This Week's Story

Henry Ford sees possibilities and has the "guts" to pursue them.

This Week’s Story relives American history and the Bible through brief inspiring stories presented on mp3 audio recordings and text for reading.

The Master Mechanic, part two

How do I tell Dad that I don’t want to be a farmer? He thinks once a farmer, always a farmer. I want to work with machinery, any kind of machinery.

Henry went to his father. “Dad, I want to get a job in Detroit.”

“Son, why would you want to be a greasy mechanic? Stay here.  You can farm, and repair machinery. But, if you want to go, go.”

At age seventeen, after his high school graduation, Henry left home. By horse-drawn wagon his dad took him to Detroit. Henry was on his own, with $5.00, a trunk, and some farm vegetables.

It was 1880 and Detroit had 100,000 people, and many small engine shops and factories. Henry found a job as an apprentice with a company that made small steam engines and other machinery. His pay was $2.50 per week for working daily from 7:00 A.M. to 6:00 P.M. Henry was elated to be among machines!

He was horrified to find that the cheapest place he could find to live and eat would cost $3.50 per week. Without another job, he would

be $1.00 more in debt every week. After his first day of work he found a night job repairing watches. Now with two jobs he would have $1.00 a week to save. He would work happily for fifteen hours a day, because he was learning about machinery.

Watch repair increased Henry’s knowledge of machine design. It had been a hobby of his since he was twelve.

For nine months at the machine shop Henry learned how every piece of machinery worked and fit into a whole. He read technical journals. How to change metals from one shape to another was fascinating and practical. Henry’s energy was astonishing, and his awareness of how people worked was likewise amazing.

He noticed many problems. Shop time was wasted. Workers wandered around stopping to talk as they got equipment. What they needed could have been brought to them and their work could have continued without break. No workman was an expert at one job.  Equipment had to be filed to fit. Nothing fit when it was first made.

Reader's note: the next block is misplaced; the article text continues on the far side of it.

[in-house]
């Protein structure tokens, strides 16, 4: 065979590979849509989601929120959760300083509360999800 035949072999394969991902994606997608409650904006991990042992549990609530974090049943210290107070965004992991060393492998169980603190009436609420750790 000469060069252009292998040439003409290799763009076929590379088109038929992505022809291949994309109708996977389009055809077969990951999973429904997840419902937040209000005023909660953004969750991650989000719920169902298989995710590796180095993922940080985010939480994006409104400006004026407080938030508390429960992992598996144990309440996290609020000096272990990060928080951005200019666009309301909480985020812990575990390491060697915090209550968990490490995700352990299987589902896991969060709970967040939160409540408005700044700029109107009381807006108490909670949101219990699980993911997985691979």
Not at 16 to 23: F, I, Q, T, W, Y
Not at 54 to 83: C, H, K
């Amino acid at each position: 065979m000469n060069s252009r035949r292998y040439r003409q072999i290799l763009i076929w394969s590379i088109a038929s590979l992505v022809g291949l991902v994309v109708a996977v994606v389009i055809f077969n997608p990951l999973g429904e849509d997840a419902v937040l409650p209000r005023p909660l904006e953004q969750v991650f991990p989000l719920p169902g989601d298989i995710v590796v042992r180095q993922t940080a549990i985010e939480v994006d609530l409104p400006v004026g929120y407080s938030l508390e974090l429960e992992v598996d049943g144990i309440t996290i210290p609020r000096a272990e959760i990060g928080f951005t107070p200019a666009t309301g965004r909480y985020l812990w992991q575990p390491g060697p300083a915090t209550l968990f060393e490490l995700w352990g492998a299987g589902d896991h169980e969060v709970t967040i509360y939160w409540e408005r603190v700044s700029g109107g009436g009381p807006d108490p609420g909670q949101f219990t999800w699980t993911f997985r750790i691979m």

Henry went to the foreman. “I’m taking a new job. I’ll be paid fifty cents less per week, but I can learn new things.”

“That makes no sense. People work for money.”

Henry replied, “Money’s a tool and so is learning, which I need.”

Henry’s new job lasted for two years and was with marine engines. There was a limited market, no specialization, and no mass production. He continued his watch repair and collected 300 watches. He studied their differences and decided that watches could be made precisely by machinery. He drew designs for the machines and figured that if watches were sold in large quantity, one could be sold for thirty cents.

However, there was a problem! There was not enough demand for watches. He dropped his project, but he had discovered that machines can mass produce objects that have a set size. That was a revolutionary concept that would change the living standards of millions of Americans.

Henry’s next job made his convictions about production stronger. He returned to the farm, but he was a new kind of farmer. He built machines to replace hand labor and continued to have his dream of building a car. He had become a superb mechanic. He went from project to project always learning and improving machines.

In his reading he learned about a silent gas engine, with major difficulties, but new processes. With a wife supportive of his experiments, he returned to Detroit, a new job, and making his first car.

This is Barbara Steiner, soon to return with part three of The Master Mechanic. Please check out

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